1. The appeal and the additional appeal (appel incident) are declared admissible having been submitted in the time and form prescribed by law (art. 296 al. 1, 298 al. 1 and 300 LPC).

The judgment having been entered in the first instance, the Court re-considers the cause of action with a full scope of review (art. 22 LOJ and 291 LPC).

2.  2.1 The Lugano Convention on Jurisdiction and the Enforcement of Judgments in Civil and Commercial Matters of 16 September 1988 (RS 0.275.11; hereinafter: Convention or LC) is applicable since both parties have their places of business in a Contracting State.

In the absence of a clause conferring jurisdiction agreed upon by the parties that makes the court of a Contracting State the legal forum to hear any contractual differences (cf. art. 17), the Court is competent ratione loci to decide the present dispute, the defendant being domiciled in the Geneva Canton (art. 2 LC).

      2.2 Article 1 al. 2 LDIP reserves the application of international treaties. Germany and Switzerland acceded to the United Nations Convention on Contracts for the International Sale of Goods adopted in Vienna on 11 April 1980 (RS 0.221.211.1; hereinafter: CISG), which entered into force in these two States, respectively, on 1 January and 1 March 1991.

The purchase orders and deliveries of office furniture, of which payment of the invoices is disputed having taken place between November 1999 and October 2000, the Vienna Convention is applicable to the sale of furniture which occurred after its entry into force, it being noted that the parties have their place of business in different Contracting States (art. 1(1)(a) and art. 100(2) CISG; BUCHER/BONOMI, Droit international privé, Basel 2001, n. 991 and 992, p. 263). The question of the application of German law (BGB) shall not be considered.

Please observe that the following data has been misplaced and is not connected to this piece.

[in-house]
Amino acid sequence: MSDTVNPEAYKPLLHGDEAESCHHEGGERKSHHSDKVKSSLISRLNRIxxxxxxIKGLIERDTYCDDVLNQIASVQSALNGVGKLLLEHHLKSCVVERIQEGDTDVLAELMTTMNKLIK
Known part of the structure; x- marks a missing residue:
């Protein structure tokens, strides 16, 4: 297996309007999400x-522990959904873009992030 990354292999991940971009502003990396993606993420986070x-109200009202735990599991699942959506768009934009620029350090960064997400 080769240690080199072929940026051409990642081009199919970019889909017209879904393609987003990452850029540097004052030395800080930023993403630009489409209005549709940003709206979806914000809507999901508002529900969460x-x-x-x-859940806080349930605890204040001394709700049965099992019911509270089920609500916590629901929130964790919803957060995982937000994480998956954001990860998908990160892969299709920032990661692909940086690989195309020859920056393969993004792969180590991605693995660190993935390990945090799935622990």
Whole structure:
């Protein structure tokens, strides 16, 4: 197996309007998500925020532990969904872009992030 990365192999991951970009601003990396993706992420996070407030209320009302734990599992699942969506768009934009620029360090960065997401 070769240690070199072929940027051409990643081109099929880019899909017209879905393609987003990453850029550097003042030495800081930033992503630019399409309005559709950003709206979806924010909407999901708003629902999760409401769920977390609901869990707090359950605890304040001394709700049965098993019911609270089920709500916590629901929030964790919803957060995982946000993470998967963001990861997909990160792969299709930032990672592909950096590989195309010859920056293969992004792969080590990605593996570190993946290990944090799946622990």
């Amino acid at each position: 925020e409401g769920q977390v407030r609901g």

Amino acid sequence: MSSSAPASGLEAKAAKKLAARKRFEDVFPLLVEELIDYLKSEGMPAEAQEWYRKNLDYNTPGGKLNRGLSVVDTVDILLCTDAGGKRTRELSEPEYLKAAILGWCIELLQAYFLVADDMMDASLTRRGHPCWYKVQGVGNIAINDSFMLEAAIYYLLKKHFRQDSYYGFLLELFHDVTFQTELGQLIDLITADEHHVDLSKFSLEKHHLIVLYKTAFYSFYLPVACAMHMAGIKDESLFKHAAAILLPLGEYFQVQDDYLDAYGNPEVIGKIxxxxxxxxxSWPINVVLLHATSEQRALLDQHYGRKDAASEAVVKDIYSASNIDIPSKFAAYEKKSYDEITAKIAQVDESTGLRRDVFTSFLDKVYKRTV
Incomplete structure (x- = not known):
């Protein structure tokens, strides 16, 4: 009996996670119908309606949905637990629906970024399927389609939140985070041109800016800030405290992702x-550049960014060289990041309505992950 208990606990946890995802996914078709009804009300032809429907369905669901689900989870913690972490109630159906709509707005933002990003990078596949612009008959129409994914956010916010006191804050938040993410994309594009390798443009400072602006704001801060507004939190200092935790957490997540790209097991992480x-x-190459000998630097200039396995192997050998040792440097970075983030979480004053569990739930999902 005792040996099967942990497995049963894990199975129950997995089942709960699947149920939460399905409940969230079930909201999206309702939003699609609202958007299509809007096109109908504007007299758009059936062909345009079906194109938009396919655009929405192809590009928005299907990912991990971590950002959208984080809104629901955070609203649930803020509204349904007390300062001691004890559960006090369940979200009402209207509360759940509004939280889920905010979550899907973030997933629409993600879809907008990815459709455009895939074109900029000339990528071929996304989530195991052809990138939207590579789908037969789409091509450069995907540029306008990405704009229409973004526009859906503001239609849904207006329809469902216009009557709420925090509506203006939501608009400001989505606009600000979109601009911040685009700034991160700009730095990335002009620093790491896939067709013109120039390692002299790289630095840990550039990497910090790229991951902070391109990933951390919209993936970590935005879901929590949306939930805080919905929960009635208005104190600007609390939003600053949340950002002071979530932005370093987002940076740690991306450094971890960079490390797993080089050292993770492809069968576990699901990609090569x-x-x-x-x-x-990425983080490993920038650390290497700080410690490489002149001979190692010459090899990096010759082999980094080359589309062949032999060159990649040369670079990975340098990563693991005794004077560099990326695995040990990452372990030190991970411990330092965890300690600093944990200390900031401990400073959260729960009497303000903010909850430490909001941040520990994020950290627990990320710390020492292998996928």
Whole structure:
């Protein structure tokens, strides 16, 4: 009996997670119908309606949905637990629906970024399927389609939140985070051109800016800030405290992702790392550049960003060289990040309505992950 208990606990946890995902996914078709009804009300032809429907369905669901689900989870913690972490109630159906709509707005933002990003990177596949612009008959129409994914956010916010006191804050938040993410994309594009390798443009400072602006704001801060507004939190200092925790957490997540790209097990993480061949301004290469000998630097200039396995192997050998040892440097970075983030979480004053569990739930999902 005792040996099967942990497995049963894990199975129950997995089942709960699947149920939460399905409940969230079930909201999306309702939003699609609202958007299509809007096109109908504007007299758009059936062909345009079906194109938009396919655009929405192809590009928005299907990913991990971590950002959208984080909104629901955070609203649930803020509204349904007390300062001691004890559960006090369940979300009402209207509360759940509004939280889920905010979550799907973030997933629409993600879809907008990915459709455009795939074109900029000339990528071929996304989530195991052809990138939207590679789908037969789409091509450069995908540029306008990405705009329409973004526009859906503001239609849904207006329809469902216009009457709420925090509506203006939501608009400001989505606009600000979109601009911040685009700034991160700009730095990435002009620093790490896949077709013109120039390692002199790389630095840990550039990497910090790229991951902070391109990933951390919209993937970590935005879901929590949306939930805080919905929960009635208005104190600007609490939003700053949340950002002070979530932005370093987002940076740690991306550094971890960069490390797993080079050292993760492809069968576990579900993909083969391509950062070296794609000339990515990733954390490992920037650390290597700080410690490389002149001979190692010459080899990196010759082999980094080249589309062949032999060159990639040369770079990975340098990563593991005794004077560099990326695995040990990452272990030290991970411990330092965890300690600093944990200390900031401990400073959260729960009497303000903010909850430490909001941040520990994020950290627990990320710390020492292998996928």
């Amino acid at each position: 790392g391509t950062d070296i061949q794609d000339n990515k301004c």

2.3 There is no reason to re-consider the question of limitation of actions, which was reviewed by the first judge and which [Buyer] no longer invokes before the Court.

3.  3.1 It is undisputed that, from 8 November 1999 to 20 October 2000, the parties were bound by successive contracts for the sale of office furniture, and that the ordered goods were delivered, accepted, then invoiced in accordance with procedures.

[Buyer] alleges that only two invoices of € 242.26 and € 112.73 relating to these deliveries remained unpaid; he contests [Seller]'s right to allocate to older invoices the paid amounts in respect of the disputed invoices.

[Seller] maintains that it was orally agreed with [Buyer] that [Seller] would continue to deliver the goods which [Buyer] ordered, conditional upon [Buyer] paying 110% of the amount of ongoing invoices - of which [Buyer] knew the exact price - pertaining to payment of older unpaid invoices, the total amount of which was more than DM 66,000 at the end of 1999.

      3.2 The application of the CISG is exhaustive in that it governs the contract as a whole, in other words, its formation, the rights and obligations of the parties as well as the remedies for non-enforcement of the contract. As a general rule, the subsidiary application of the national law is precluded (ATF n. p. 4C.307/2003 of 19 February 2004, recit. 2.2.2; 4C.105/2000 of 15 September 2000 recit. 2a, in SJ 2001 I p. 304 ff; STOFFEL, Le droit applicable aux contrats de vente internationale de marchandises in : Publication Cedidac no 20, Les contrats de vente internationale de marchandises, p. 36).

            3.2.1 In accordance with the wording of Article 8(1) CISG, statements made by and other conduct of a party are to be interpreted according to his intent where the other party knew or could not have been unaware what that intent was. In determining the intent of the party, due consideration is to be given to all relevant circumstances (art. 8(3) CISG; RSDIE 2000 115; RSDIE 1998 84). Where the intent cannot be discerned, statements made by and other conduct of a party are to be interpreted according to the understanding that a reasonable person of the same kind as the other party would have had in the same circumstances (art. 8(2) CISG).